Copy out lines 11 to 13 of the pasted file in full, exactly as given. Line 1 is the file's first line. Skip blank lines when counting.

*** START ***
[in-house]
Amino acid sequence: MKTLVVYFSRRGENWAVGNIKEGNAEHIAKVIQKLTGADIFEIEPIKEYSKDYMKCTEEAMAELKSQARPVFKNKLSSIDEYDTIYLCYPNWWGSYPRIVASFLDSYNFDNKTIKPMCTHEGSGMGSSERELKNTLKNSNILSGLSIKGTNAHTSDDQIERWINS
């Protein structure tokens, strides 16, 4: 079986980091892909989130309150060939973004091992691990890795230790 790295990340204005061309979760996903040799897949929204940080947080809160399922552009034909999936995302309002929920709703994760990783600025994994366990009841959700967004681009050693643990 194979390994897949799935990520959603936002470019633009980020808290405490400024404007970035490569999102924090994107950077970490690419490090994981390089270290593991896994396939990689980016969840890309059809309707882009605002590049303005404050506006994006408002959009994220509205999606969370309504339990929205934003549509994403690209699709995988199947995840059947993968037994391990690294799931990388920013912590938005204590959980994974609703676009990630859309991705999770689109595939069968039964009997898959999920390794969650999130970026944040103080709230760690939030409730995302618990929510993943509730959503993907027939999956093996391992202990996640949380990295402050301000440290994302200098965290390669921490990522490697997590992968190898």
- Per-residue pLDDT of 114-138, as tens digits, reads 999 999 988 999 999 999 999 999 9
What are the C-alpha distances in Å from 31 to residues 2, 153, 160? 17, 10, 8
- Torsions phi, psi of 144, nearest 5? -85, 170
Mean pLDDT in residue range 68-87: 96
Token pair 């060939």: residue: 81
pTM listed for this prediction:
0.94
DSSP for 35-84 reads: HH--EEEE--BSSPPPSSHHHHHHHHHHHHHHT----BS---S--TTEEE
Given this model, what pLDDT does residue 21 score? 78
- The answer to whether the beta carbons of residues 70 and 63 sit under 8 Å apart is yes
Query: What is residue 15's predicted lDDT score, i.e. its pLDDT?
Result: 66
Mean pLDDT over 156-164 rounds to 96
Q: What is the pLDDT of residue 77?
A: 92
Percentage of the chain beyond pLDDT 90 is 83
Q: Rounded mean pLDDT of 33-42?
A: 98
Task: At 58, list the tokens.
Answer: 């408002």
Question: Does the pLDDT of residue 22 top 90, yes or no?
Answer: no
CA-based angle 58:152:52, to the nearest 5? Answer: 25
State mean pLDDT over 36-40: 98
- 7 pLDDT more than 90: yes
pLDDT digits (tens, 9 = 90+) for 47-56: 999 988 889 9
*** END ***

DSSP for 35-84 reads: HH--EEEE--BSSPPPSSHHHHHHHHHHHHHHT----BS---S--TTEEE
Given this model, what pLDDT does residue 21 score? 78
- The answer to whether the beta carbons of residues 70 and 63 sit under 8 Å apart is yes